BRCGS Global Standards Terms Is it Subcontracted, Outsourced or Traded

Feeling confused about subcontracting, outsourcing, and traded goods within BRCGS Global Standards? You’re not alone! In this video, we’ll break down these terms in simple language and explain how they apply within BRC guidelines.

To ensure the safety of all food produced, the food industry must follow numerous standards. BRCGS (formerly known as BRC) first published its Global Standard for Food Safety in 1998.

Developed to help the food industry comply with UK and EU food safety laws, it’s become an internationally recognised benchmark for best practice in food safety, quality, and responsibility, with over 17,000 BRC-certified sites worldwide.

Now in its ninth issue, the standard gives organisations working in the food industry a framework for managing the safety, integrity, and quality of their products and services. This includes retailers, manufacturers, importers, caterers, and ingredient suppliers. Many retailers across the UK, the US, and Europe will only do business with suppliers who have passed an audit and been accredited by a BRCGS certification body.

Understanding the nuances of BRC standards can be a challenge, particularly when it comes to terms like subcontracting, outsourcing, and traded products. These seemingly straightforward concepts can sometimes overlap and cause confusion during audits. Let’s delve into these terms and provide some clarity for a seamless BRC compliance journey.

▶️ Subcontracting: This broad term encompasses any situation where a third party handles your product, whether for processing, storage, or even ancillary services like pest control. Essentially, if someone else is involved in the physical handling of your product, it falls under the subcontracting umbrella.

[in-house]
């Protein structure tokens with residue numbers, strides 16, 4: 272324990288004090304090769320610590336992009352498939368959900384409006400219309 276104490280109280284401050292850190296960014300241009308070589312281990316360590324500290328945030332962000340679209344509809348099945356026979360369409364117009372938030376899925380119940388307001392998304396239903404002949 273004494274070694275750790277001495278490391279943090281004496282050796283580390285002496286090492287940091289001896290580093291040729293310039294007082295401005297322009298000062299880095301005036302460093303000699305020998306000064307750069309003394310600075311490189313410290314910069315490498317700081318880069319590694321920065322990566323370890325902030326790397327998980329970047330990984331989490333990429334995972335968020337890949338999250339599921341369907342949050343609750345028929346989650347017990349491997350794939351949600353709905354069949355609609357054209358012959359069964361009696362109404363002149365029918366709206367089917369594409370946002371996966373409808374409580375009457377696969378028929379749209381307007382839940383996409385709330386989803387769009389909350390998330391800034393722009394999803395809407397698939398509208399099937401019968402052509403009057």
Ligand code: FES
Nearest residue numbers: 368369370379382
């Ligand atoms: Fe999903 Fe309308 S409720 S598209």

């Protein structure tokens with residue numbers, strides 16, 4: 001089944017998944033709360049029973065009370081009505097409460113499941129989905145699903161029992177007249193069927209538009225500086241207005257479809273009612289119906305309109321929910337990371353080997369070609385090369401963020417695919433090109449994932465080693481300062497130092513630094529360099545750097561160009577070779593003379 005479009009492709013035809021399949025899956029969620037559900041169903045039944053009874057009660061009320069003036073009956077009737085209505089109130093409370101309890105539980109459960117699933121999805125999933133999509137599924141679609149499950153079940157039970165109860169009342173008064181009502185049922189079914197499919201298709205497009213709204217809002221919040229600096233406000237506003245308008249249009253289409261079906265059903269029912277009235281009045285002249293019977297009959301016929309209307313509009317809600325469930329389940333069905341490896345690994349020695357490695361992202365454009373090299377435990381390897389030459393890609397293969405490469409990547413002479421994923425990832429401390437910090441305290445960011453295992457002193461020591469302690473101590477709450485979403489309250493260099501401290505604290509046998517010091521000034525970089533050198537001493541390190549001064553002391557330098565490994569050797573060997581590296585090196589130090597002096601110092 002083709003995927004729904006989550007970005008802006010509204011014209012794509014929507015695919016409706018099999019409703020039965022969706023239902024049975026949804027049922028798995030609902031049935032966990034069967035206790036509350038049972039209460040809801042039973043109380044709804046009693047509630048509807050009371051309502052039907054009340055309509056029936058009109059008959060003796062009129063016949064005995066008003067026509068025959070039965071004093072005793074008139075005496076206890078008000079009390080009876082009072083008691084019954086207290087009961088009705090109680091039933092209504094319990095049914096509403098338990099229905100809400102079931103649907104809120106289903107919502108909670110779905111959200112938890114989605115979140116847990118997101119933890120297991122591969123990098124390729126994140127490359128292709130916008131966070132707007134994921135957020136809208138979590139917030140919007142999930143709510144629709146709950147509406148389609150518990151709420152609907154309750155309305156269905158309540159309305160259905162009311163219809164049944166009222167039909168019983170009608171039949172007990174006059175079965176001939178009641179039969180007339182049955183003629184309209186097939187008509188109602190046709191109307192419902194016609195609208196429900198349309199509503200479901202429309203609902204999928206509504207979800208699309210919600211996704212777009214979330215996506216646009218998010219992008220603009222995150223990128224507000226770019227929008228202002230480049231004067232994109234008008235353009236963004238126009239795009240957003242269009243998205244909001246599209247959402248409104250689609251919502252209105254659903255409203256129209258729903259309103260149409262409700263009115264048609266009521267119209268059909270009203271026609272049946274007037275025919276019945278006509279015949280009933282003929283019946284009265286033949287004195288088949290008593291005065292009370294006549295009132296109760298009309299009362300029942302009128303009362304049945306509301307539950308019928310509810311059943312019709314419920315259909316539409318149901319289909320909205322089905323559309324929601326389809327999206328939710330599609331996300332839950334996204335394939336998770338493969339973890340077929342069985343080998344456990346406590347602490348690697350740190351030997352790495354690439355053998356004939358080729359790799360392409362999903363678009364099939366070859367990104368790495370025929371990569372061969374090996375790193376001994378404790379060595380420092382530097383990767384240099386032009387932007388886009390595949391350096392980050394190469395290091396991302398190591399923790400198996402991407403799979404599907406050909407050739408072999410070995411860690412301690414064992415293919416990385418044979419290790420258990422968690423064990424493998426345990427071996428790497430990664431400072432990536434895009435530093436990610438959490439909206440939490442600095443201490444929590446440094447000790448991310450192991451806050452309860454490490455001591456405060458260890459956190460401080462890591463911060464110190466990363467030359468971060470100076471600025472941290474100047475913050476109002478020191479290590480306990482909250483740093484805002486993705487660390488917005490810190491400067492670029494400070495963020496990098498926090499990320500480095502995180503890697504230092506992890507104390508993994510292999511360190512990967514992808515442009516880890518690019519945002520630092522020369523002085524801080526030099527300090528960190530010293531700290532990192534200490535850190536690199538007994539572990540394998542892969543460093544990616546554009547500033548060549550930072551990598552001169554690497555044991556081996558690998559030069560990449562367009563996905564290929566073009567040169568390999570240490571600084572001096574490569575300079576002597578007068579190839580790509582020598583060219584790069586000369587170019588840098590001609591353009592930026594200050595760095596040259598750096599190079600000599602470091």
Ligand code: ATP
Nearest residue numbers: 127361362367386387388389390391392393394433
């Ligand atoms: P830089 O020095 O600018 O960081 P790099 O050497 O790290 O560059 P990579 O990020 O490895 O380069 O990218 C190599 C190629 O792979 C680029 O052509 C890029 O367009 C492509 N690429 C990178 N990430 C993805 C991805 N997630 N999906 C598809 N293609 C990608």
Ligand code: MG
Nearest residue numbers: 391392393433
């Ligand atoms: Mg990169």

▶️ Outsourcing: This term is more specific and implies a defined process flow. Your product begins with you, travels to a third party for a specific task (processing or storage), and then returns to your facility. Think of it as sending your ingredients to a manufacturer for production and then receiving the finished goods back for packaging and distribution. It’s crucial to remember that outsourcing always involves a contract and, therefore, inherently includes subcontracting.

▶️ Traded Products: These are products you purchase, store, and sell without any additional processing or repackaging. The only handling allowed is receiving the product, warehousing it, picking it up for orders, and dispatching it. As soon as you alter the product in any way, it no longer qualifies as “traded” and must adhere to the full BRC standards.

Real-world scenarios often present a blend of these categories. You might have a subcontracted activity that also fulfils the definition of outsourcing (e.g., sending components to an assembler and receiving the finished product). However, processing the product yourself disqualifies it from being “traded,” even if it was subcontracted.

If you find yourself grappling with BRC clause applicability due to overlapping terms, don’t hesitate to seek professional assistance. Contact organisations like STC or QTC for training and consulting services. Their expertise can ensure you navigate BRC requirements with confidence and achieve smooth certification.

Remember, clear communication and a thorough understanding of these key terms are essential for demonstrating BRC compliance and maintaining product safety within your organisation.

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Thursday, 11 April, 2024

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